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RFID gives businesses--and bad guys--an easy way to track and change information.

As one of the fathers of the RFID industry, Kevin Ashton never seems to be far from controversy. Three years ago, he helped introduce the Electronic Product Code (EPC), an RFID specification, to the suppliers of Wal-Mart and Best Buy, and the U.S. Department of Defense, which manages the largest supply chain on the planet.

Now, as security experts demonstrate with alarming regularity how easy it is to hack RFID-enabled credit cards and e-passports, Ashton is calling for a new standard from EPCglobal, the EPC standards body, to secure RFID tags on shipping containers, palettes and individual store items.

The new standard, EPC Generation 3, would add the security features suppliers and retailers need to prevent attacks from rogue RFID reader devices, which, along with RFID tags, will become cheap and ubiquitous in the coming years, says Ashton, vice president of marketing at the RFID reader maker ThingMagic. He's also co-founder of the MIT-based Auto-ID Center, a nonprofit collaboration of private industry and academia to develop a global infrastructure for tracking goods via RFID tags.

At first, the idea of replacing barcode labels on individual items--the ultimate goal of the EPC effort--infuriated privacy advocates, who said RFID would allow corporations and governments to spy on consumers bearing radio-tagged products.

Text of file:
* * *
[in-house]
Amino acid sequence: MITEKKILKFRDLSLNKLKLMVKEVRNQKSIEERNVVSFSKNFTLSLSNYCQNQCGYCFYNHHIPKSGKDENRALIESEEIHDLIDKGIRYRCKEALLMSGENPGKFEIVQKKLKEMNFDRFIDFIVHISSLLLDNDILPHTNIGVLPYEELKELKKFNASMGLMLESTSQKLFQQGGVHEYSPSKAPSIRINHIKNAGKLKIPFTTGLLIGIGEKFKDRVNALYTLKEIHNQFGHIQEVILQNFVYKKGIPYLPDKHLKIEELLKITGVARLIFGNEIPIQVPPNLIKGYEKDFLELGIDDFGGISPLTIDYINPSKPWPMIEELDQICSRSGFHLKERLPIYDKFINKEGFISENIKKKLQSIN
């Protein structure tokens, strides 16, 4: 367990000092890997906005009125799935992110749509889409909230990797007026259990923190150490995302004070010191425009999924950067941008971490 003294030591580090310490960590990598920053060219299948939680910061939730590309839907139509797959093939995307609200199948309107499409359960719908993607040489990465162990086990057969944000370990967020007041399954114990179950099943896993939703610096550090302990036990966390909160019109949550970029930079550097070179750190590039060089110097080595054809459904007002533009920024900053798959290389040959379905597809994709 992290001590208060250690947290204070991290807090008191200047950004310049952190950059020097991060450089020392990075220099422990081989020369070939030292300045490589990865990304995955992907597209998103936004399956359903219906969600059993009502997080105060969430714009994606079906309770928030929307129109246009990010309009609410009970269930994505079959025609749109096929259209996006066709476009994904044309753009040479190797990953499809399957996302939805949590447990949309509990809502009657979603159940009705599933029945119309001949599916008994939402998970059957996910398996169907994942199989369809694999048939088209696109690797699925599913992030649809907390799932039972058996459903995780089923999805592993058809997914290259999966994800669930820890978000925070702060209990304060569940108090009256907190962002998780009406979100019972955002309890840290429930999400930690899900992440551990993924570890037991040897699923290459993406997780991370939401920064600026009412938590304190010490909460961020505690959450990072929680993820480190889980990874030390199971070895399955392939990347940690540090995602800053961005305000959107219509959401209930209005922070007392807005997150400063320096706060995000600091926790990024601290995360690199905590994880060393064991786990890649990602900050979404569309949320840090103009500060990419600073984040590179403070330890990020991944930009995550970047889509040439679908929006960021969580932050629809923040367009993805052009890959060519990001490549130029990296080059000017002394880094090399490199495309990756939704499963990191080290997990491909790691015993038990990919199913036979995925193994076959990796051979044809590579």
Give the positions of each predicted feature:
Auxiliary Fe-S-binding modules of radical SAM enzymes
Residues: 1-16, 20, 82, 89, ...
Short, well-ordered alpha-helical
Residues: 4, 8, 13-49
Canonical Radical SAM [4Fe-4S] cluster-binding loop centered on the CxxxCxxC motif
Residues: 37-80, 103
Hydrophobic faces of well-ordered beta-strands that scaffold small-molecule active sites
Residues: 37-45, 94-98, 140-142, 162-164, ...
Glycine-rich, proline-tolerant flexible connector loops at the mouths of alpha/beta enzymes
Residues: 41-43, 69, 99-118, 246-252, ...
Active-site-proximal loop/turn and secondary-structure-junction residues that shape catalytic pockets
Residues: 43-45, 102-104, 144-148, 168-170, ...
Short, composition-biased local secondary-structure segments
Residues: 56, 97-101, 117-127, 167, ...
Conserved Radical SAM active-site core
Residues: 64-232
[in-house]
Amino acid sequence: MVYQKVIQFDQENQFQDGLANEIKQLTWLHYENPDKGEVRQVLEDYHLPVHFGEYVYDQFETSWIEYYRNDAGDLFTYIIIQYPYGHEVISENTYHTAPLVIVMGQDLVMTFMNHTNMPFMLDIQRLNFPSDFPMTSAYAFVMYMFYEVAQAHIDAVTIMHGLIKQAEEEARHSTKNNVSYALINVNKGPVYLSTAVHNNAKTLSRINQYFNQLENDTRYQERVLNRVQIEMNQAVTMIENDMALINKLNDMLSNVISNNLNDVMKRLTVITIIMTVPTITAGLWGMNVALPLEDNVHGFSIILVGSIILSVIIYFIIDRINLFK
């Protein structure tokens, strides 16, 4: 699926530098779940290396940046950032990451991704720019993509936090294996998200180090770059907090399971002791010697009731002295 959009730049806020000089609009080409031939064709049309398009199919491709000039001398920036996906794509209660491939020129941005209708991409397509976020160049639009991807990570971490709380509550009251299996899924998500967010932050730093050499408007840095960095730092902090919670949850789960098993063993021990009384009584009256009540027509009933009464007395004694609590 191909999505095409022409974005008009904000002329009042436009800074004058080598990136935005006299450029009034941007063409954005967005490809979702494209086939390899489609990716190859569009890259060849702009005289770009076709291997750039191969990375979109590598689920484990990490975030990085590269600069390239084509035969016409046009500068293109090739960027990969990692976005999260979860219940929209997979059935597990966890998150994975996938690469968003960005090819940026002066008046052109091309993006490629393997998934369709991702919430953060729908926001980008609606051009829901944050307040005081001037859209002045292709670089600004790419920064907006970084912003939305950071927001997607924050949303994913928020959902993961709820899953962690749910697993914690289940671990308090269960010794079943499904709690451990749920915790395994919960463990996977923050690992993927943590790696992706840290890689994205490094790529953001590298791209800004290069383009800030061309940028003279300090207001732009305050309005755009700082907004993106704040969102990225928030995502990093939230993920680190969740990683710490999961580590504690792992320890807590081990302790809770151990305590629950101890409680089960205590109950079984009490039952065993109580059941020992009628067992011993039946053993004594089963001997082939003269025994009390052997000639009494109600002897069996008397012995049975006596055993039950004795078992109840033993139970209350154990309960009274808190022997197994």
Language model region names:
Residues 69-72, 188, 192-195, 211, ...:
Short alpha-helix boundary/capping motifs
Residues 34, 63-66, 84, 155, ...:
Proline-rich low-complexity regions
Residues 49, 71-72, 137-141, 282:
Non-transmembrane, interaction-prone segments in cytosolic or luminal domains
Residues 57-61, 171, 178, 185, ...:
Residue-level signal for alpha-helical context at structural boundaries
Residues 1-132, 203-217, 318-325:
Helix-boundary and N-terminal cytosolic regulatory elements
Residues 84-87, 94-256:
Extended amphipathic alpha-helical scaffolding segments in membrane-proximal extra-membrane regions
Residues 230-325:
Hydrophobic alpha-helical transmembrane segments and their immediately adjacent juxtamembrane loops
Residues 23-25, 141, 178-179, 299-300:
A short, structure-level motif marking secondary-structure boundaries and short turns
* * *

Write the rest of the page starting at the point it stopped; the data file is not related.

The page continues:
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Even end-time Christians attacked Ashton for advocating a technology they suspect to be a precursor to the radio-tagging of people, just as people are branded with the mark of the beast in the Book of Revelation.

Many of Wal-Mart's suppliers also grumbled that EPC was a way for the retailer to improve its supply chain visibility at their expense, since the retailer was requiring that they place RFID tags on their palettes and cases by the end of 2006.

Since then, however, many manufacturers and suppliers have started experimenting with RFID tags as a tool to track their own inventories and their employees.

Ernest Ostro, IT director at GlobalWare Solutions, says that medical device companies and a bike manufacturer using GlobalWare's supply chain management software are using RFID tags as tracking tools. (GlobalWare Philips Medical and Fuji Medical are among GlobalWare's supply chain outsourcing clients.)

GlobalWare is prepared for a future that will include "greater lumps of data" from RFID, says Ostro, from asset tracking and employee ID badges. "We've built hooks into our software for [RFID tags]."

This was first published in January 2007

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